What is so compelling about Mother Teresa, about Shane Claiborne, about Dorothy Day, about the thousands of saints who have lived among the people they served?
That they lived among the people they served. I think after the "poverty" section of Faith and Action, many of us as students (wife of lecturer included) felt that our class conclusion is that relationship is the best means of rectifying poverty---material poverty, spiritual poverty, relational poverty, etc. I remember a line in a psychology text book in college that has always stuck with me "proximity is the number one determinant of relationship". Now obviously with the explosion of internet connections, etc, I'm sure there are arguments that this is not as true as it used to be. But nonetheless, the common sense reality of this statement has been very true in my life. Whether it is friends from my neighborhood as a child, or friends on my halls in college, or my neighbors now (in my mid-thirties), it is true that we know and care about the people that are literally close to us.
So, we all concluded that relationships is the most natural way to "help" people--- that when we have genuine relationship with others we are more able to assist in relevant ways, to not become false "saviors", to know the systems that oppress and work to change them, to act from love not guilt, to rectify environmental stresses that relate to our communities... Therefore, if we are called to serve a certain population in need (materially poor, socially poor, lonely, widowed, orphaned, mentally ill, etc), we must be in genuine relationship with them (best done by living in proximity to them). And if we don't have that specific call, then we are called to address the "poverties" that are occurring in our home communities by pursuing relationships that lead to wholeness for all.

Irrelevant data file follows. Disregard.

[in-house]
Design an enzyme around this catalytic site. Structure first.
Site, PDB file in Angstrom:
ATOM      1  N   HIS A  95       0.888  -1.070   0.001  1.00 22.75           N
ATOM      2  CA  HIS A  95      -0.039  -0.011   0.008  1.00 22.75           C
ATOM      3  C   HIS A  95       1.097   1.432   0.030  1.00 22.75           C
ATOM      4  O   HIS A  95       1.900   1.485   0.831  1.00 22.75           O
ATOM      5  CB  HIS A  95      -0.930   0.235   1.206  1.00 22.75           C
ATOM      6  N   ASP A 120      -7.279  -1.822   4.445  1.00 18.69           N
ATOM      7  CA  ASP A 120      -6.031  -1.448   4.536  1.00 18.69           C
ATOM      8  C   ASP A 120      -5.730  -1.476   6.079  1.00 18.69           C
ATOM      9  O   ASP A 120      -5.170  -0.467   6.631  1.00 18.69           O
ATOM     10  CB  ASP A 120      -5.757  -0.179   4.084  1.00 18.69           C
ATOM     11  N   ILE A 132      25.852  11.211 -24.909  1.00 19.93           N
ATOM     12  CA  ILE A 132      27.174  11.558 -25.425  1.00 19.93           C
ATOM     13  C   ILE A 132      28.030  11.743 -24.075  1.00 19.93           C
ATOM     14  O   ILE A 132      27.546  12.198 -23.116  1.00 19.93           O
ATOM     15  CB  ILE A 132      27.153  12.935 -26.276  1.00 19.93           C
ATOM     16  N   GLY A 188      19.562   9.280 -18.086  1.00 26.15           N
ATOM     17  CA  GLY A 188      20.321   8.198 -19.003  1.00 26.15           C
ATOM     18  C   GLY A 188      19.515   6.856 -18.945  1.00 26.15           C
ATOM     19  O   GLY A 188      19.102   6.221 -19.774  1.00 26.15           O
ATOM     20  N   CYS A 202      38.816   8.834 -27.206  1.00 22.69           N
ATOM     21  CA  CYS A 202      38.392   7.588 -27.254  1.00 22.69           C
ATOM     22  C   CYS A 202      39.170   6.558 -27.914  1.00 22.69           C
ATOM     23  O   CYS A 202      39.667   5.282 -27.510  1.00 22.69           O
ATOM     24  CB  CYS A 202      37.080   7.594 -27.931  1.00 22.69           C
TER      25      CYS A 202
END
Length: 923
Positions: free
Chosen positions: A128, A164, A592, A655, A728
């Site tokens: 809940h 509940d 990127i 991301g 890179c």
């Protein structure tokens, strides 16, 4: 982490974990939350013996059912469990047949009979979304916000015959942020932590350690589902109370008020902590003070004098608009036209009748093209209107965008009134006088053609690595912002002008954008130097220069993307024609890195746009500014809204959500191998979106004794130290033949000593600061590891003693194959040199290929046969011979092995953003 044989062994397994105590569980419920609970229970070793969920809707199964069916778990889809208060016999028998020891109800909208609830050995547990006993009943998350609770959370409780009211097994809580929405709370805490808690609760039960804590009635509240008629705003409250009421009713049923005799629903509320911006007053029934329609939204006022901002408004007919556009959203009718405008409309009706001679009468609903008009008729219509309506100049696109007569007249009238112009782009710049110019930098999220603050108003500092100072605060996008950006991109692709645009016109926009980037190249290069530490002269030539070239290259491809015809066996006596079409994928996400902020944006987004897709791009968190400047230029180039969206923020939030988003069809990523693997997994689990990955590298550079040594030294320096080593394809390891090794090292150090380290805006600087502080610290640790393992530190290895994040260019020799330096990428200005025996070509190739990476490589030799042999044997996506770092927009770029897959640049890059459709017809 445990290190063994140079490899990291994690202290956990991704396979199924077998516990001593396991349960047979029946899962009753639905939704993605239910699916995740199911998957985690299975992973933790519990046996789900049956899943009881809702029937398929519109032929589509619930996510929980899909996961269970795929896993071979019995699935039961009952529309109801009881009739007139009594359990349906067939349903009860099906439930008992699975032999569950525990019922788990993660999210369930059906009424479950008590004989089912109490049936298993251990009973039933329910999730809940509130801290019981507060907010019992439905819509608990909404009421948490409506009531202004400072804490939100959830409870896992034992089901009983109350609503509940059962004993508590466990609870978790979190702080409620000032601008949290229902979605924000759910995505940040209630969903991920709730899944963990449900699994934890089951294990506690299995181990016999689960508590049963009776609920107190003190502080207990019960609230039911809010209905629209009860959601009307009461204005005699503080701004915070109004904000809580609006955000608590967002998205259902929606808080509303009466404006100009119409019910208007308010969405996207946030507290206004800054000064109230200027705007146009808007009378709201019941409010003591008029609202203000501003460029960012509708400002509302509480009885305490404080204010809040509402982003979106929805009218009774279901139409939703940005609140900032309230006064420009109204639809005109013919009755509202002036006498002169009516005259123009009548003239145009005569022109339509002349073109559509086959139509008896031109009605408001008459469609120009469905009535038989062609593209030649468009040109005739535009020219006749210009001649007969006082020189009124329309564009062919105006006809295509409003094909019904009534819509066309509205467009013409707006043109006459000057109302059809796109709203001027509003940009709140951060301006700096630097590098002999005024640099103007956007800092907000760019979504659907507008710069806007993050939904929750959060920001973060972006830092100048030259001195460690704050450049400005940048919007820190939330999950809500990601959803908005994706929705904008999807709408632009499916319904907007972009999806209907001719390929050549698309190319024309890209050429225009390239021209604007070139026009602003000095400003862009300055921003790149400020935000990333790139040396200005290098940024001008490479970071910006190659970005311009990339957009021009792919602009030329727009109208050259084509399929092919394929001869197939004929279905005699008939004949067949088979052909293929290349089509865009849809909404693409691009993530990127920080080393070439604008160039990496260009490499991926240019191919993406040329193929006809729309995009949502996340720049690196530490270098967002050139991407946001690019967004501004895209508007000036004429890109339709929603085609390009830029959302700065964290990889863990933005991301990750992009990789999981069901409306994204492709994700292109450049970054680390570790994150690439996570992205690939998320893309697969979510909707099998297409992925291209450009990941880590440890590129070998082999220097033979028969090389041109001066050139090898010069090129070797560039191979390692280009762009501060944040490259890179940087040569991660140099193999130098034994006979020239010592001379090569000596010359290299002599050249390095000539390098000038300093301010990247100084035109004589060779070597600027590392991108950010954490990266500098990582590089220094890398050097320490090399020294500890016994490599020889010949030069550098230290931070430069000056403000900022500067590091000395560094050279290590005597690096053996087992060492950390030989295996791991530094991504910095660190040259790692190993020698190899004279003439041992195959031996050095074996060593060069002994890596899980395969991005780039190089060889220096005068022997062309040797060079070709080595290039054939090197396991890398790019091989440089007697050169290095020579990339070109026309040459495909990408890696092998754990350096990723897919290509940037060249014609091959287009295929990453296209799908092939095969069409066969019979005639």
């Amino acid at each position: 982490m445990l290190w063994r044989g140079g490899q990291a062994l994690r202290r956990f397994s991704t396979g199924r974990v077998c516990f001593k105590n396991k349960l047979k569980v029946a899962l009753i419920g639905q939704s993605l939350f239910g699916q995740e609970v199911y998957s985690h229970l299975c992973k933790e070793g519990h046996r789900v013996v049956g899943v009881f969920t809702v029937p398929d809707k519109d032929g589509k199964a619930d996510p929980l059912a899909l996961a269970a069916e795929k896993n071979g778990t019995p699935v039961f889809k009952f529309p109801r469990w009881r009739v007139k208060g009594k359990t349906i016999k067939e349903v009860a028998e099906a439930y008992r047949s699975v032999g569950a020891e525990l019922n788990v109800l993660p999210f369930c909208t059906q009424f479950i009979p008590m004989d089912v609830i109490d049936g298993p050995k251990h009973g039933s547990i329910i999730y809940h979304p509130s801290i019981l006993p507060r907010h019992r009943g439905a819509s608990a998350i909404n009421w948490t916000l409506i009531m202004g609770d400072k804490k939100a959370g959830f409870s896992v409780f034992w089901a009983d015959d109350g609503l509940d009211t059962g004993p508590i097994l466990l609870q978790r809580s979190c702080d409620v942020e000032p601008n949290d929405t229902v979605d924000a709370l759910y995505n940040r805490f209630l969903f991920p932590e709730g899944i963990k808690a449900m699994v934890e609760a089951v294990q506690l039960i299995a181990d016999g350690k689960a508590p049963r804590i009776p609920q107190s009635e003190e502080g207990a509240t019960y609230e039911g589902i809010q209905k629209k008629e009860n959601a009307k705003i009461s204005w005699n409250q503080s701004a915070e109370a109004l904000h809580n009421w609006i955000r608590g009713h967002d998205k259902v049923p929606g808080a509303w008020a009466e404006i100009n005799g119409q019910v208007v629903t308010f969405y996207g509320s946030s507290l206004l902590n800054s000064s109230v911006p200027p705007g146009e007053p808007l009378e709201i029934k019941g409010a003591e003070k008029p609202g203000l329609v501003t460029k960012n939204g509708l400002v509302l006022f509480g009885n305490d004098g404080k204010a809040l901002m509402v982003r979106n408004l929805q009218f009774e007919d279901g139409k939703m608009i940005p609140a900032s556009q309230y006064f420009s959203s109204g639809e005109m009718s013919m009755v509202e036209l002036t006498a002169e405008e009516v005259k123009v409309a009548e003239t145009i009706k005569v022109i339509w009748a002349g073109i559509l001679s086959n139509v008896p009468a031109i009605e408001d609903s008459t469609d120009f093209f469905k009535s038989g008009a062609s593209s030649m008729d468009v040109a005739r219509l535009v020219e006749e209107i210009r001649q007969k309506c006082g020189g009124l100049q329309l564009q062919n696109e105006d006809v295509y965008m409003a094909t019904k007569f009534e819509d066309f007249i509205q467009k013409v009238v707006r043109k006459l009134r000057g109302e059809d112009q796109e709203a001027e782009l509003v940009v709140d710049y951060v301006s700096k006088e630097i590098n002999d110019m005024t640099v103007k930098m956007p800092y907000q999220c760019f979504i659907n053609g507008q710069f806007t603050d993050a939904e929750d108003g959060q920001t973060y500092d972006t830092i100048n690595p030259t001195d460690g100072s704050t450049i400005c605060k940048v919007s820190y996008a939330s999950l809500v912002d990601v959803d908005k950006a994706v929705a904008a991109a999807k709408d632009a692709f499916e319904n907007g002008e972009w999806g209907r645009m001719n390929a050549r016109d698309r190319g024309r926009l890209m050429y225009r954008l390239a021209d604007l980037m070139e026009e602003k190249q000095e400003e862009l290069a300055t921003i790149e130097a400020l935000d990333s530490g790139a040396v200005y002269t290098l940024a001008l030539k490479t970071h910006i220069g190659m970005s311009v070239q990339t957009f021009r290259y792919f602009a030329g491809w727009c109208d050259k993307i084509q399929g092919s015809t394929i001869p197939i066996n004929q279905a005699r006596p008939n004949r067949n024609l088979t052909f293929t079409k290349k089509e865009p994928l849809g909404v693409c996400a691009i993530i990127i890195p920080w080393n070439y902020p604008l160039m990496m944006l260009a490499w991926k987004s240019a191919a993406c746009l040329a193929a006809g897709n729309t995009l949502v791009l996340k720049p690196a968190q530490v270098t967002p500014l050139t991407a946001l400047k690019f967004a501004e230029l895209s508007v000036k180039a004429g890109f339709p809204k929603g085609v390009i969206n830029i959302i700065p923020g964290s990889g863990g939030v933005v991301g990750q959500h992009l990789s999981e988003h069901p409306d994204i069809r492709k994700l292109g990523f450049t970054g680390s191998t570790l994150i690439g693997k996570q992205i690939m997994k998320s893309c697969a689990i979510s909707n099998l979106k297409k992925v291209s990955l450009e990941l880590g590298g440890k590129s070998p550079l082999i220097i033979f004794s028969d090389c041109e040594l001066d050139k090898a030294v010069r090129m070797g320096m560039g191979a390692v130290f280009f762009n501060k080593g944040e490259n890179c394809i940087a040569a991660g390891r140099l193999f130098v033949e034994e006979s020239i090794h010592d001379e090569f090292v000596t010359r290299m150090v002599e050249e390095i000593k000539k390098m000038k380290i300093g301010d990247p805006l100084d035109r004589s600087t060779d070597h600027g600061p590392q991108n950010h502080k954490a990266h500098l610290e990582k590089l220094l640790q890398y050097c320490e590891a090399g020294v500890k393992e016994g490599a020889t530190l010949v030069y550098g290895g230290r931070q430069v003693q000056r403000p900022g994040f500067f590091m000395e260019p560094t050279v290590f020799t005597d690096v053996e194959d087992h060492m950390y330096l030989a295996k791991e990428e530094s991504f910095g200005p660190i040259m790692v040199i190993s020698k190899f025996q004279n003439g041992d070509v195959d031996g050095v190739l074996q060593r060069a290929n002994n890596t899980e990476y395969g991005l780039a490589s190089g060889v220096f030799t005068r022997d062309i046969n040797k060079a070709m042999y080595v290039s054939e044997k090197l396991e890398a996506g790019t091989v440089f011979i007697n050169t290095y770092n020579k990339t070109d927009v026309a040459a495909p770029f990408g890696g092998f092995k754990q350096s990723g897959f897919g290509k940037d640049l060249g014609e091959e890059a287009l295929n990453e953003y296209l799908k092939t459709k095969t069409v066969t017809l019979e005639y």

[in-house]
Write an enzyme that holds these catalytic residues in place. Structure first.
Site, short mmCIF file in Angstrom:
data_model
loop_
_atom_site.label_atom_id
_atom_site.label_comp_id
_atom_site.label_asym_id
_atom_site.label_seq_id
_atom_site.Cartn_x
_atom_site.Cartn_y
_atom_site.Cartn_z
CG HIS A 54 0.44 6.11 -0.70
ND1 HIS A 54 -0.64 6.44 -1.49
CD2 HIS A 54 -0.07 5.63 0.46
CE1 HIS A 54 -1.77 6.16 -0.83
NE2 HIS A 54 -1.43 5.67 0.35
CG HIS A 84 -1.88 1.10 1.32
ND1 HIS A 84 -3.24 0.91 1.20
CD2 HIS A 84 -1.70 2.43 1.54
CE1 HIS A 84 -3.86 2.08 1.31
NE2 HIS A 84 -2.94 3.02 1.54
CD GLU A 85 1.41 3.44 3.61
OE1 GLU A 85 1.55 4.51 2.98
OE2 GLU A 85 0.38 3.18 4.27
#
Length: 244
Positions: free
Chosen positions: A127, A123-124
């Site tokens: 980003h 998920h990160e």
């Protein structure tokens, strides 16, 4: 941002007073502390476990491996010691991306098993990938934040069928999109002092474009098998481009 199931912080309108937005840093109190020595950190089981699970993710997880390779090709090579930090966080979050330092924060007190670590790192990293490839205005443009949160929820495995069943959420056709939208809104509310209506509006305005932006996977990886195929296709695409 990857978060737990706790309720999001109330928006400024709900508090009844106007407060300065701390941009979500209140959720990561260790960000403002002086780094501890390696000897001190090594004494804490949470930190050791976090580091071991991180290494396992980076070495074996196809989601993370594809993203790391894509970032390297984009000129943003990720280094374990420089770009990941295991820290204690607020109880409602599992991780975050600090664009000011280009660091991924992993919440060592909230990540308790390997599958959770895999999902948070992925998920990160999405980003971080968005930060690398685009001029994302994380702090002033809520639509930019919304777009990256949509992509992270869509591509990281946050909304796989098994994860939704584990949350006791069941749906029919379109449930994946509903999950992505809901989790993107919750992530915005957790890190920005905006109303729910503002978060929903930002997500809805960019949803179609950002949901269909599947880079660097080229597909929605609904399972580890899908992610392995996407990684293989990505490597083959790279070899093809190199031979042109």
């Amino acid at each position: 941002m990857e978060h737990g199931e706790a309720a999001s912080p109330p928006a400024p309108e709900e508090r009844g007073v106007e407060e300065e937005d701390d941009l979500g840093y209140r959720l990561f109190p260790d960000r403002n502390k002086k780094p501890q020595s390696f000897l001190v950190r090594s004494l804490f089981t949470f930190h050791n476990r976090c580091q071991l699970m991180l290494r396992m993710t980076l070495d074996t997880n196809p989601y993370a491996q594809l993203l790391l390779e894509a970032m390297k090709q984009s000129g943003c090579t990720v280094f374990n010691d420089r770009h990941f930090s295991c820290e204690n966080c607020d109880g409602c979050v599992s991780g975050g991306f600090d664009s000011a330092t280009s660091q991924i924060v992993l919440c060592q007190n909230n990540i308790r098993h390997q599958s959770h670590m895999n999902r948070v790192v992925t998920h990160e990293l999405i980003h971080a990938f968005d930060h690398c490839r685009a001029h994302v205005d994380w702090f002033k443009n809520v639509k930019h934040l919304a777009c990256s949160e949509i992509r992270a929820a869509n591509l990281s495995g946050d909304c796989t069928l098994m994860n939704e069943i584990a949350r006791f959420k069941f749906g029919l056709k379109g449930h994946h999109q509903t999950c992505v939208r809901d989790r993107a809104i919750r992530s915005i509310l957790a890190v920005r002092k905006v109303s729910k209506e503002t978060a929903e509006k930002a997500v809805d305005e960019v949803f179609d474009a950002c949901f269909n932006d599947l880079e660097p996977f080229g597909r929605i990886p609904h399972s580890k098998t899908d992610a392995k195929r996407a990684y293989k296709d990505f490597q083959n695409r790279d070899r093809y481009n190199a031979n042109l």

What is so unique and meaningful for USP students is that for one semester they are genuinely in relationship with Ugandans, as family members, as fellow college students, as residents at UCU, as members of church, and diners at local canteens (snack shops), as shoppers, and footers (ones who walk everywhere), as ones with privilege and perspective, and ones who are in need teaching (hand-washing, peeling matoke, killing chickens, hoeing a garden, etc). For this semester, unlike in a short term mission trip, students are living as a college student among college students in a college town. Like their life at home, but in Uganda. This relational reality closes the gap, moves us from those with answers or help to those who live in the midst of all the struggles and all the joys.
As a class, we'll soon move to the topic of compassion, and in echoing this conclusion that we came to in the poverty section, we'll see that our christian compassion is not about stooping down to help the unprivileged, but rather stooping down to become one of the "unprivileged." Christ's salvation of us was not possible without his incarnation--taking on our human form. And so we also, are not called to save others from our outside position but rather to share salvation with each other from within the community.